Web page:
According to a report from the Agence France Press agency this week President Obama did not win the confidence of a majority of the five member panel before being awarded the Nobel Committee's Peace Prize late last week. Even though the committee's secretary told the press on Friday that the committee's decision had been unanimous, it appears that the members of the committee have a different recollection of how the decision unfolded.
The representatives of the Norwegian Conservative, Progress, and Socialist Left parties all objected to the Obama nomination. The two votes of support on the committee came from the nation's Labor Party.
The primary concerns of the objecting parties were Obama's lack of experience on issues related to the objectives of the prize, as well as his "inability to keep his promise."
As I noted in this editorial space only a few weeks ago, President Obama's inability to keep his promises will be one of the key reasons I believe his administration will implode this fall.
Presently the president faces opposition from the left for broken promises to the radical anti-war and homosexual activist communities. He faces opposition from the political right for his determination to break a "no tax increase" burdening families with health care reform, as well as cap-and-trade legislation, not to mention bailouts, stimulus, and budget concerns.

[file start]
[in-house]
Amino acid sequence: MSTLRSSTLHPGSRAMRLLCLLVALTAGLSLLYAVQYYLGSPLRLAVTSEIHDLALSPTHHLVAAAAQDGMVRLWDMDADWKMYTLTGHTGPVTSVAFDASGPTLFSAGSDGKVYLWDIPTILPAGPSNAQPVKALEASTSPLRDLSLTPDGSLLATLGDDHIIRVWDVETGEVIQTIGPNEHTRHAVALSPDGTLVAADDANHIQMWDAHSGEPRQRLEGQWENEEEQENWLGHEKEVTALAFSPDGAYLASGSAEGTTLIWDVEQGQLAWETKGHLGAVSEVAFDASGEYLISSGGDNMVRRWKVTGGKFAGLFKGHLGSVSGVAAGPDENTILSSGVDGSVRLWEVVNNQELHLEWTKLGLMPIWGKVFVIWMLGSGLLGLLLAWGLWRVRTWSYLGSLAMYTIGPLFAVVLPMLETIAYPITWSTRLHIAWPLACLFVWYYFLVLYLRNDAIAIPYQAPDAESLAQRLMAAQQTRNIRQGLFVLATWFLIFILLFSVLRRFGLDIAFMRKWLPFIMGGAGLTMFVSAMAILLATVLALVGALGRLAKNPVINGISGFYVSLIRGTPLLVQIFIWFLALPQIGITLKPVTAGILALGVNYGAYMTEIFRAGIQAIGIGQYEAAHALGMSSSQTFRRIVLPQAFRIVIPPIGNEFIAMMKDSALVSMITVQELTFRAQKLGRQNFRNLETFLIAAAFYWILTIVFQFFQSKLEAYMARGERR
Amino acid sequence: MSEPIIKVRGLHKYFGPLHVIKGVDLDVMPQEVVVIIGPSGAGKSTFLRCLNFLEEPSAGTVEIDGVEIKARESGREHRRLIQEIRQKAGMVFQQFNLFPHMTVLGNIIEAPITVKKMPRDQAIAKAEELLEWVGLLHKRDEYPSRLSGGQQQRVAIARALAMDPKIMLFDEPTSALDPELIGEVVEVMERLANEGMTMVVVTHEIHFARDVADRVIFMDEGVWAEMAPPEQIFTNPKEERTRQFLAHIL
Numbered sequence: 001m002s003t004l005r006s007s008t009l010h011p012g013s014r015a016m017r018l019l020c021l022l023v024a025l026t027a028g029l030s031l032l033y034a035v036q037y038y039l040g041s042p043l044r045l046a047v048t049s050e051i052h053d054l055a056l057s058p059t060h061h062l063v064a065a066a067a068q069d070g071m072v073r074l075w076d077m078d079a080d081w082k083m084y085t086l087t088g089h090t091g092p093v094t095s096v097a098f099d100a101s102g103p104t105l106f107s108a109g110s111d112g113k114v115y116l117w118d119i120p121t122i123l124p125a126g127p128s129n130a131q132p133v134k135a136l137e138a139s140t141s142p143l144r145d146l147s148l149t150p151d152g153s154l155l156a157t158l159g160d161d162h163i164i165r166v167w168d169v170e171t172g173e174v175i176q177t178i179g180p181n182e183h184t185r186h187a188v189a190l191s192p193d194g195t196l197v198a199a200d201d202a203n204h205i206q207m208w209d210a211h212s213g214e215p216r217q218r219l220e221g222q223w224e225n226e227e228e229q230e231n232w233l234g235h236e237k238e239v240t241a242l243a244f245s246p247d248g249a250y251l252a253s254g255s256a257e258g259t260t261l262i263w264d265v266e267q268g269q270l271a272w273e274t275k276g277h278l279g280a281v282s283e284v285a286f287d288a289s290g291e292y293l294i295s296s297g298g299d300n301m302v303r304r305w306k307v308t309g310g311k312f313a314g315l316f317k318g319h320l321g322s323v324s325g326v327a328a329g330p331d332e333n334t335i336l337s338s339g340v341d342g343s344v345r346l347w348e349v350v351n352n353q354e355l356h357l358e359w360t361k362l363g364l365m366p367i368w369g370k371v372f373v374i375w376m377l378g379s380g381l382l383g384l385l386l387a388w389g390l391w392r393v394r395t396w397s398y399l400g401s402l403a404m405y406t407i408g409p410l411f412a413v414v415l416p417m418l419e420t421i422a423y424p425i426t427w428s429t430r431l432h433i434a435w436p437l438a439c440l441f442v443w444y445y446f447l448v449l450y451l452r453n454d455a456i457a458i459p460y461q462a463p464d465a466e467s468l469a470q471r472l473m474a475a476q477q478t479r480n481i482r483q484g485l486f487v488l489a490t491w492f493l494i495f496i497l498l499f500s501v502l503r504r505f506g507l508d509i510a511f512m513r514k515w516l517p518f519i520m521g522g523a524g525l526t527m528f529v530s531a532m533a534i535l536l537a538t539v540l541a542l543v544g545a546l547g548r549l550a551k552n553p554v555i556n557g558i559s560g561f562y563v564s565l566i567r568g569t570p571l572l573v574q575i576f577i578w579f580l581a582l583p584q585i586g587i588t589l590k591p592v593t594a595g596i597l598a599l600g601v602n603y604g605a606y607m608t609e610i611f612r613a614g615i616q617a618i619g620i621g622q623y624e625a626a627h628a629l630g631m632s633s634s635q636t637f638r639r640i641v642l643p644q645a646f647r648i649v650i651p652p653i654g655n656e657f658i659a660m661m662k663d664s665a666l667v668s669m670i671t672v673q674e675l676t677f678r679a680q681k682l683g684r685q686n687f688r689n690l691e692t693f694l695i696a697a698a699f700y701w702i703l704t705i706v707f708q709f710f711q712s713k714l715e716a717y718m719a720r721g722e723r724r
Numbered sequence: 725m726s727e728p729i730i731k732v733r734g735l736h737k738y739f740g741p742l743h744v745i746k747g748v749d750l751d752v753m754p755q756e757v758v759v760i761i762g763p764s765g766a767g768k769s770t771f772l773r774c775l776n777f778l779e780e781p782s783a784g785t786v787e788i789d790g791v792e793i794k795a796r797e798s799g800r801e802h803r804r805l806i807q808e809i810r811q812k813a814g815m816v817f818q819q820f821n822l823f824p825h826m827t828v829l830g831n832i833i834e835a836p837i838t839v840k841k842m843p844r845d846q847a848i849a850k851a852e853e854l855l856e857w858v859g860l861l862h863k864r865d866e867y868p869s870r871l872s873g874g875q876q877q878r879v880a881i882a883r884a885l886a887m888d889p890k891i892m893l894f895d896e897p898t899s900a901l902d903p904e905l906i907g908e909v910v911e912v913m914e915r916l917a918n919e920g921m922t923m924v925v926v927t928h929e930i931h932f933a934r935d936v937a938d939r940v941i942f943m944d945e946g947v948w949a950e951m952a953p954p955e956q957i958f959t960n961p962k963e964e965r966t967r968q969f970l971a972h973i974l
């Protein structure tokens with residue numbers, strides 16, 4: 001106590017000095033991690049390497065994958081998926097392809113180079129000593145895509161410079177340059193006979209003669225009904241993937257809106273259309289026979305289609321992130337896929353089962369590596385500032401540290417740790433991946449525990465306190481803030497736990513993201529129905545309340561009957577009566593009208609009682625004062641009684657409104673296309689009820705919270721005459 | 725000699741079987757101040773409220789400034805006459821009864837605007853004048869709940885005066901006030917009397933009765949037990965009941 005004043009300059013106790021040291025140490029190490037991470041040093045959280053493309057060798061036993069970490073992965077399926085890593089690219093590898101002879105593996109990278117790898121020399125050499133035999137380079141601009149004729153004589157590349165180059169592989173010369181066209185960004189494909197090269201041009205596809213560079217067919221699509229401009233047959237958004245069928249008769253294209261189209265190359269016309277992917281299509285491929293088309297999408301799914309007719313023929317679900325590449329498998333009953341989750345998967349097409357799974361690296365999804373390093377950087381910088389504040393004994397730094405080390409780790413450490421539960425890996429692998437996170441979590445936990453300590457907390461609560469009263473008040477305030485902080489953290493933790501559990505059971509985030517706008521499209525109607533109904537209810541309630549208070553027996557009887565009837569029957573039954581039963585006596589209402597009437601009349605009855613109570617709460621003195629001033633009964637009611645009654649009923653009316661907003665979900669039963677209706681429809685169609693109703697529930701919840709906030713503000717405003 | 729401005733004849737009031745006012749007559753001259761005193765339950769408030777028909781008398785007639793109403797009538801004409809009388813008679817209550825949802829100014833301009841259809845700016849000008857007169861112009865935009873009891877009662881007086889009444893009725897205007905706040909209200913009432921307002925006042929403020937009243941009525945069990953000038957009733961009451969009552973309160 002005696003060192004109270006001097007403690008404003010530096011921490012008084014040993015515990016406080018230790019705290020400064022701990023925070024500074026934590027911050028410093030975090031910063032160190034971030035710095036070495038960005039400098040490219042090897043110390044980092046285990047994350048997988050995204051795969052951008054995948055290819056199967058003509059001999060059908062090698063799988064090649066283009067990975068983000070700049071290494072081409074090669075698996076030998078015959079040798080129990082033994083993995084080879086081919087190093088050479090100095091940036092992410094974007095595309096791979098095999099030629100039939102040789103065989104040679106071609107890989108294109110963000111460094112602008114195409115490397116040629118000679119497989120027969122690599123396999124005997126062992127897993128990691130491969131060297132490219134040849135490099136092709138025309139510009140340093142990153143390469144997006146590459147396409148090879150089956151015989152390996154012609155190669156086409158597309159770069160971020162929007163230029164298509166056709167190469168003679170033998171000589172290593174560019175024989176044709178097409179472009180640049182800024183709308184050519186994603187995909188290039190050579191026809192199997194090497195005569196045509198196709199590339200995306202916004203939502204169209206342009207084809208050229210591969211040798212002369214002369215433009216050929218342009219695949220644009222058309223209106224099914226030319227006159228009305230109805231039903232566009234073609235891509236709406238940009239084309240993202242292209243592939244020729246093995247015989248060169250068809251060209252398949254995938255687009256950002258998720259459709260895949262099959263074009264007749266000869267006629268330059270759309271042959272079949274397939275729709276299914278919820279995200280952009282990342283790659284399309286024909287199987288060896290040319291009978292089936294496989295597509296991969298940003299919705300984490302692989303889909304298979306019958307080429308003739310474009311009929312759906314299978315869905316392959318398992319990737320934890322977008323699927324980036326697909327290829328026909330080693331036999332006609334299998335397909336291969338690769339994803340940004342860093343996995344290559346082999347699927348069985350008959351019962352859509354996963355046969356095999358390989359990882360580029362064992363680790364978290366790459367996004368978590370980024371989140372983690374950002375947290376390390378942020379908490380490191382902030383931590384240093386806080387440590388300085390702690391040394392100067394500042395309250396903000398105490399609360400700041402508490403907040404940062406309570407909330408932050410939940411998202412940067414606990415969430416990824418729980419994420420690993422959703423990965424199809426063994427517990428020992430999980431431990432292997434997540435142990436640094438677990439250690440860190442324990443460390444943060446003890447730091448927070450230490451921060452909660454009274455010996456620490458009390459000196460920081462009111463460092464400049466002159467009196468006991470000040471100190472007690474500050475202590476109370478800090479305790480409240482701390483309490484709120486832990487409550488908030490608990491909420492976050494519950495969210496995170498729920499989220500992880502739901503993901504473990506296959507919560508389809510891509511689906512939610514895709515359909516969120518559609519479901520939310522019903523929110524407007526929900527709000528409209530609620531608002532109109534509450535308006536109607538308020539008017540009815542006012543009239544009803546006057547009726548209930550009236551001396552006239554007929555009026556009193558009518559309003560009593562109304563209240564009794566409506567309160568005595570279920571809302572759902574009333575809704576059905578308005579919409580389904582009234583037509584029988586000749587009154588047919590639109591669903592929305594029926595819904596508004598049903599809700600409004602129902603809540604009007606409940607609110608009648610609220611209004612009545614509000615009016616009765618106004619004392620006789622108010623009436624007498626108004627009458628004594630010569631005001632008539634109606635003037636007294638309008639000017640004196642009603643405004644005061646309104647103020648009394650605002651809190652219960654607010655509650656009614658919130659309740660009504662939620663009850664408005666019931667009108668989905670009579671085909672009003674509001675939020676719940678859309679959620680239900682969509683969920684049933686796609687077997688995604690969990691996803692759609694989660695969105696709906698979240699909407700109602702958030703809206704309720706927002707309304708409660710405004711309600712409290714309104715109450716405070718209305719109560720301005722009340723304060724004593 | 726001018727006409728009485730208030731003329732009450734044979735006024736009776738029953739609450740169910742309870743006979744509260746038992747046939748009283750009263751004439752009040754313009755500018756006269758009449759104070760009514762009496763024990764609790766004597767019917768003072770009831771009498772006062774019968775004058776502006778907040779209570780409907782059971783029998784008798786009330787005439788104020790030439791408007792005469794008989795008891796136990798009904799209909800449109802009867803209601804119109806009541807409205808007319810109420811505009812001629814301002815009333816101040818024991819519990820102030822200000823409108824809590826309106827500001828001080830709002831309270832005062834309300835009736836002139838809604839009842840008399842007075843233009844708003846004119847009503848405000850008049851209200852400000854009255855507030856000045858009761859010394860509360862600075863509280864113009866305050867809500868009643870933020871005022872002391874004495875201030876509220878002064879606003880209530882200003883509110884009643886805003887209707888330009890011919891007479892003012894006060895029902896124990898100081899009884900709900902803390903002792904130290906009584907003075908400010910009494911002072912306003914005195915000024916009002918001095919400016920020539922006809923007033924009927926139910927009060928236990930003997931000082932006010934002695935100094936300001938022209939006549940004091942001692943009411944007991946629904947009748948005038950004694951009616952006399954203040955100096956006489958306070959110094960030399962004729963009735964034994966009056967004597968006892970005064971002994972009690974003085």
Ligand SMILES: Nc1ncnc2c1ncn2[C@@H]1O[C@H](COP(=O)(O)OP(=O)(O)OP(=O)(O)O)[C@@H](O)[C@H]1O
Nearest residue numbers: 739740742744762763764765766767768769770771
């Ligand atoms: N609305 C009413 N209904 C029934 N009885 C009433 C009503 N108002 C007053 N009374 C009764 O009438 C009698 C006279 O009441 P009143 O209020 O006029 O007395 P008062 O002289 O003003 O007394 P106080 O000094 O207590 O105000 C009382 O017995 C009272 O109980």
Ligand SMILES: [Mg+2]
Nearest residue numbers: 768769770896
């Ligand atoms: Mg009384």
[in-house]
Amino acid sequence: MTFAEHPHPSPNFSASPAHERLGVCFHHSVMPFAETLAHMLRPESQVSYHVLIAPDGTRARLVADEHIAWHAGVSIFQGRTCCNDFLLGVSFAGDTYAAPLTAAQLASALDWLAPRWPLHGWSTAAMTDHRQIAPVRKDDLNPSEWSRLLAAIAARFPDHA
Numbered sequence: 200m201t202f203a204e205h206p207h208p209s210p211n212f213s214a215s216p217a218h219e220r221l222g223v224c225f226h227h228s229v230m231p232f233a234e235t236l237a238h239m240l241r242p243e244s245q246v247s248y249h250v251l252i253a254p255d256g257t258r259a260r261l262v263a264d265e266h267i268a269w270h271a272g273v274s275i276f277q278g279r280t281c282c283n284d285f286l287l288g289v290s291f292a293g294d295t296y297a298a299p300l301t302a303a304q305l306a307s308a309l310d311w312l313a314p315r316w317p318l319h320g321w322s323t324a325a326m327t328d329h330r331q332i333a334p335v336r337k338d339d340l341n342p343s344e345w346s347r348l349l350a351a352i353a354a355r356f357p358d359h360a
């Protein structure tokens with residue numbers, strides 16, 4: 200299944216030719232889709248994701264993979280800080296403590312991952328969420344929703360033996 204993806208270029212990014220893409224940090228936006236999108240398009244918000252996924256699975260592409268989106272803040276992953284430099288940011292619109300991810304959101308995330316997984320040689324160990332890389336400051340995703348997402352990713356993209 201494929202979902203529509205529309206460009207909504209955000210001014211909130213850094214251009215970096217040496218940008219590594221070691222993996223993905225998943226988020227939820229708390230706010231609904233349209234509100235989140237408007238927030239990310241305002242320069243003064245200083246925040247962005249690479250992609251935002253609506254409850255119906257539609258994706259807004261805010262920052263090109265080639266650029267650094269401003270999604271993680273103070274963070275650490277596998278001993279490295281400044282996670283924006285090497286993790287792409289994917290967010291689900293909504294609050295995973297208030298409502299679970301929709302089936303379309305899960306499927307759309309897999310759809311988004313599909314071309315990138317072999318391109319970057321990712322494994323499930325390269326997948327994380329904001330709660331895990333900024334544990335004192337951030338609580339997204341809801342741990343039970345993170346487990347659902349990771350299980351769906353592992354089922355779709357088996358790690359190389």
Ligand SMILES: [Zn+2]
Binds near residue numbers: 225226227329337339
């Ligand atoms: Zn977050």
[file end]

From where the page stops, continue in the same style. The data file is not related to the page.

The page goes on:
He's promised a public option for the uninsured, but then told politicians it would not be required for final passage.
He's promised to win the "right" war in Afghanistan but is wavering on his support for his own military adviser's request for resources.
He's promised to close Gitmo but it sits open today.
He's promised to create millions of jobs and not allow the unemployment rate to exceed 8%, but today it sits at higher than 15% in Detroit and is at nearly 10% nationally.
He's promised to be the most transparent president in history but is conducting the final rounds of talks in the push for health care reform entirely behind closed doors.
He's promised to put all legislation on the Internet for at least five days before he signs it into law but has not done this on any of the legislation he's signed in the first year of his administration.
I'm not sure why the majority of the Nobel Committee thought he wouldn't keep his promises, do you?
Which is just one more reason why we shouldn't be paying much if any attention to what five politicians from Norway have to say about the condition of world affairs anyway.
I promise you... it really is meaningless.